Offroad Trails to Experience the Solar Eclipse

April 5, 2024
Categories: Travel Guides
Tags: Backcountry, Family, Trails

Next week (April 8, 2024), adventurers in certain parts of the United States will have the opportunity to experience one of the most exciting natural phenomena: a total solar eclipse. If you want to experience the eclipse away from the city, we've pulled together a list of trail guides that fall within the projected path of the eclipse. If you venture out to enjoy the eclipse be sure to open up the Trails Offroad app and select your state from the Offline Downloads to have these trail guides available outside of the cellular service. And don't forget to leave a trail review with photos after your adventure! We've listed each state in alphabetical order:


Arkansas hit the jackpot this time around! From Fort Smith to Texarkana, to Little Rock, and on over to Jonesboro, the eclipse cuts a swatch across nearly half the state. The Ouachita National Forest north of Hot Springs, AR will be arguably one of the best places to be, although you should probably expect many others to be out there as well. In Ouachita National Forest use trails like Winona Auto Tour Scenic Drive, Trail 86, or Alum Fork to get you started in the area.

Looking to get some serious wheeling done during the eclipse? Hot Springs ORV Park should be your top choice. The park is privately owned and operated so you will need to book admission. Check out trail guides like Rubicon Ridge D1 and Snake F19 to get started in the area.

North of Russellville, in parts of the Ozark-Saint Francis National Forest, you'll find trails like Dare Mine Road and Felkins Meyer Bridge. Farther northeast will put you in a Scout Route network, including Tie Ridge Road, North Barkshed Road, Bee Hollow Road, and countless other national forest roads.


Redbird Off-Road State Recreation Area provides not only fantastic offroading but falls directly in the path of the solar eclipse. Check out Red Bird 5 Green, Red Bird 0 Green North, and Red Bird 3 Green to start getting a lay of the land.


The southeastern corner of Missouri lines up with the solar eclipse. Scout Routes within the Mark Twain National Forest like Karkaghne Scenic Drive, CR P-235, and the surrounding area could be worth the scenic drive.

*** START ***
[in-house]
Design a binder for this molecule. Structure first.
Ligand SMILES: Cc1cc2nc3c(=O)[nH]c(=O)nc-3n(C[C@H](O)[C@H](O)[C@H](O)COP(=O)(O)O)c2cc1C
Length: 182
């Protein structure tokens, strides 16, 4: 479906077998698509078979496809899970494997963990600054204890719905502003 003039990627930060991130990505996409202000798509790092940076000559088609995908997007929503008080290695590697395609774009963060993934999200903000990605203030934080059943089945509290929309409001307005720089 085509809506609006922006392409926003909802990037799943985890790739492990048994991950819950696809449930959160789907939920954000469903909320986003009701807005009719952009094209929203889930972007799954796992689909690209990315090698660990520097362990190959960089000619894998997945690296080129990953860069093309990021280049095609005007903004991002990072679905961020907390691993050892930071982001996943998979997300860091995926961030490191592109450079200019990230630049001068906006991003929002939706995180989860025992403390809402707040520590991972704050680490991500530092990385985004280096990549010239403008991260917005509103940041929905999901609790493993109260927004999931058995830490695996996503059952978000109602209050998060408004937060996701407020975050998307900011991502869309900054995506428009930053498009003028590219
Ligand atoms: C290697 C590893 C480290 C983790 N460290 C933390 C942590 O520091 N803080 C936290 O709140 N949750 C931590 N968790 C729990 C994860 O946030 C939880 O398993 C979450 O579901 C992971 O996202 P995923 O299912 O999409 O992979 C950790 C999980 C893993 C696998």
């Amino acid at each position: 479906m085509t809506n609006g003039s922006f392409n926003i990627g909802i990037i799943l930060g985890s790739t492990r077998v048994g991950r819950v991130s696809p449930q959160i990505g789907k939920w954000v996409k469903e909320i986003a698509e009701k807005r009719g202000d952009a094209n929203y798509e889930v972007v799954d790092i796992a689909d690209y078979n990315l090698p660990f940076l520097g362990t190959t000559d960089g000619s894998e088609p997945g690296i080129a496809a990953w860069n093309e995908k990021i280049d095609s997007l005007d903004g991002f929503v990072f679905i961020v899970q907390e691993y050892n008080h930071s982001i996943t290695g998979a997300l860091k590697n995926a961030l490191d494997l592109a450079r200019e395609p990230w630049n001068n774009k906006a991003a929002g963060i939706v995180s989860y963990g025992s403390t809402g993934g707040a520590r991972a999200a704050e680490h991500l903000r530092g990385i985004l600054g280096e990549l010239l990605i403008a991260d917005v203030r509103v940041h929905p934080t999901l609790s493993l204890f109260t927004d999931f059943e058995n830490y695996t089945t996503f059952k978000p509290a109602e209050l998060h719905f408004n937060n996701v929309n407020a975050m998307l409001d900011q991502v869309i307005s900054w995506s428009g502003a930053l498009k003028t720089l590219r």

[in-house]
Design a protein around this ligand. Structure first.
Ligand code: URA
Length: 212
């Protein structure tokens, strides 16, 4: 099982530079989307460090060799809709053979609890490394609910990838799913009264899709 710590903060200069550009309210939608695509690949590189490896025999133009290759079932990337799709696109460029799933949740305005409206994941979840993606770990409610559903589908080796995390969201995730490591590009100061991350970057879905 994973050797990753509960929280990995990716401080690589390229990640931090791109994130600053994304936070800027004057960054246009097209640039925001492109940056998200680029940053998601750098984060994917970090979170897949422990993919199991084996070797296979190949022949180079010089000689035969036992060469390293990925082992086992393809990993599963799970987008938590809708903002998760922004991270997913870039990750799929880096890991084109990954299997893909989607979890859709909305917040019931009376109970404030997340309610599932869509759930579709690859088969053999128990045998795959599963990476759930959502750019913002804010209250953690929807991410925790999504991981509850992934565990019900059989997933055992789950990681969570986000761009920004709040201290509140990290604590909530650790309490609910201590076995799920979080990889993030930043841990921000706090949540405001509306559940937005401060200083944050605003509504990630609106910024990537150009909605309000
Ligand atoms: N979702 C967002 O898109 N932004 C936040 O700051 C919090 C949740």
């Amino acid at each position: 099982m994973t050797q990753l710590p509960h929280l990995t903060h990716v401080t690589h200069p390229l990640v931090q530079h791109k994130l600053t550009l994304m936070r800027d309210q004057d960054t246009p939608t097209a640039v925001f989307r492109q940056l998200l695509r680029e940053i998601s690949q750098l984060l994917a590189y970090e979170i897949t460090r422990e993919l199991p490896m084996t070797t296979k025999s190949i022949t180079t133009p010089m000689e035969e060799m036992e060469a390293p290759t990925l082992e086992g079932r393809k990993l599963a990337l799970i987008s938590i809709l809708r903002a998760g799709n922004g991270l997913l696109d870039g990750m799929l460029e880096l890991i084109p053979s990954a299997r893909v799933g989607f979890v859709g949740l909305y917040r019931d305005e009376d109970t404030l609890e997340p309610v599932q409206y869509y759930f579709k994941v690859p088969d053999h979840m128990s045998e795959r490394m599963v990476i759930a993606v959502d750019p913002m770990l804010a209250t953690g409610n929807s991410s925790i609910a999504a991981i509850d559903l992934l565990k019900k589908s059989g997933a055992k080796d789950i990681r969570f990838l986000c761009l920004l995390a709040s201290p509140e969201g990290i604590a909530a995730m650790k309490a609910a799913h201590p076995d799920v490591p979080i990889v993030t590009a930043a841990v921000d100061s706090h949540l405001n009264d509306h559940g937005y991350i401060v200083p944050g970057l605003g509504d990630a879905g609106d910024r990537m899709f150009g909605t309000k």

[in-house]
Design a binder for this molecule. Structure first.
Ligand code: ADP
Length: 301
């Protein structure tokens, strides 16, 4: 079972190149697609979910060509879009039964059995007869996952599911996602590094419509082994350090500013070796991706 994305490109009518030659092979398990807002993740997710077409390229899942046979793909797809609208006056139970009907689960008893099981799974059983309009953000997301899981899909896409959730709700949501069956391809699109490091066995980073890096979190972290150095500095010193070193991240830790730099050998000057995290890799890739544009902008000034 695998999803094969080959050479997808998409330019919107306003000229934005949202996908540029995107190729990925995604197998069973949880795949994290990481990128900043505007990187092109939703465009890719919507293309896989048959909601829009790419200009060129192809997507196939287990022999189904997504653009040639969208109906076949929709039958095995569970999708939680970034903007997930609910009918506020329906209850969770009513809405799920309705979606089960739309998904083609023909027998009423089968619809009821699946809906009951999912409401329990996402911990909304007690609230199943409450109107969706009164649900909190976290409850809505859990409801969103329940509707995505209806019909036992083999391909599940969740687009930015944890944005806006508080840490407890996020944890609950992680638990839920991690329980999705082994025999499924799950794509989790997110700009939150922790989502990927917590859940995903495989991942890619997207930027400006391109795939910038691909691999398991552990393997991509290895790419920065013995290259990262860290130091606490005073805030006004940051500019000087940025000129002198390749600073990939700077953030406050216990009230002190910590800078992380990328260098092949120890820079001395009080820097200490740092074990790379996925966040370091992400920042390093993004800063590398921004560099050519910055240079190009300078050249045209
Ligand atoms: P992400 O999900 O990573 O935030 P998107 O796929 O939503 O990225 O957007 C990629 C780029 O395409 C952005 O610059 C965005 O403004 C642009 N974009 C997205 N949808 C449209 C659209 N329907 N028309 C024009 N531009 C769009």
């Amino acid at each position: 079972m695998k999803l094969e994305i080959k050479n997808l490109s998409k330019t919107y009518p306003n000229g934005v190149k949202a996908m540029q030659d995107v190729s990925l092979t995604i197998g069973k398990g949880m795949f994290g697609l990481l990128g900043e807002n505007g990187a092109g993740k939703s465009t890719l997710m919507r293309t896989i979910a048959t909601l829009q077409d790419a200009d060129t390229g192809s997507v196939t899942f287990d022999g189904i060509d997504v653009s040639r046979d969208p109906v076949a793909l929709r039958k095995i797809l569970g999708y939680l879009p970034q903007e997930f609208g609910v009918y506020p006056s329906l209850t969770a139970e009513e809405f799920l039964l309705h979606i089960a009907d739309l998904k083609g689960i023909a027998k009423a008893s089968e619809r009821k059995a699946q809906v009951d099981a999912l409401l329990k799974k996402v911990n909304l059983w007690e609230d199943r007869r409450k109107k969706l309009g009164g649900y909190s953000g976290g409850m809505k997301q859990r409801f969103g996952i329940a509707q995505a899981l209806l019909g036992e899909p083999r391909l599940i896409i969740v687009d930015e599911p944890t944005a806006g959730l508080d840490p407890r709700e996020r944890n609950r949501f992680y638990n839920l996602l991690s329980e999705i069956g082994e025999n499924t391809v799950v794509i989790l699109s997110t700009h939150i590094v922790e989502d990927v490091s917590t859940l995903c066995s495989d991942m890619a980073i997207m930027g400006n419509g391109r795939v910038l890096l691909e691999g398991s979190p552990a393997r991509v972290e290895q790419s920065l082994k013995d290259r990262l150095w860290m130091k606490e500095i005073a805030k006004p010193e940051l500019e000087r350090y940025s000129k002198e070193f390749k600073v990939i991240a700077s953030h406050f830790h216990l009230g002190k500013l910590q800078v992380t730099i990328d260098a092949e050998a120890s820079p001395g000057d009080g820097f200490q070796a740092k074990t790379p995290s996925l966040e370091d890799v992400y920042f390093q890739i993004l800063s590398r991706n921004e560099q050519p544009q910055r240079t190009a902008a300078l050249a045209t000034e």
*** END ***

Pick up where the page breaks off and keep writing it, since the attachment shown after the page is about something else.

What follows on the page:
New York

Cedar River-Limekiln Road and Otter Brook Road provide eclipse options here. Much of the wilderness and wild forests north of Utica, NY, and continuing through upstate New York, fall within the path of the eclipse.

New Brunswick (Canada)

NB Overland Rte, Part 1


The very southeastern corner of Oklahoma should get some form of the solar eclipse and the fire lookout from the Kiamichi Trail (aka K-Trail) could be a neat spot to observe from. Hochatown State Park and the area around Broken Bow Reservoir also fall within the eclipse path.


Although the patch of the Alleghany Forest just outside of Warren, PA, falls just outside of the eclipse path, it's possible to still have some form of coverage.

Coal Knob, Hook Run, and the surrounding area may be a good choice.


Although the Barnwell Mountain Recreation Area falls just within the eclipse path and offers a great network of offroad trails, the privately operated park is closed weekly Mon-Wed meaning there is no access on eclipse day. Be sure to check out our park trail guides as an option for future trips within Texas!

Similarly, Hidden Falls Adventure Park is a great offroad park located northwest of Austin; however, normal park hours are Thursday-Sunday, and no announcements have been made regarding opening the park for the eclipse (as of time of publishing). To plan a trip to Hidden Falls Adventure Park check out our trail guides in the area.

The Texas Hill Country Overland Route could be a good option for eclipse observation though much is paved and borders private land, consider it a scenic drive rather than a camping adventure.

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Ariana Dufour
Ariana grew up driving the dirt roads of southeastern Colorado before living in Denver where she was introduced to the offroad and overland community while exploring the Colorado Front Range. Now currently residing in Salt Lake City, Ariana heads up Marketing and Design for Trails Offroad. You can find her on the trail, always looking for the next amazing campsite in her 2004 Lexus GX470 with her two border collies.

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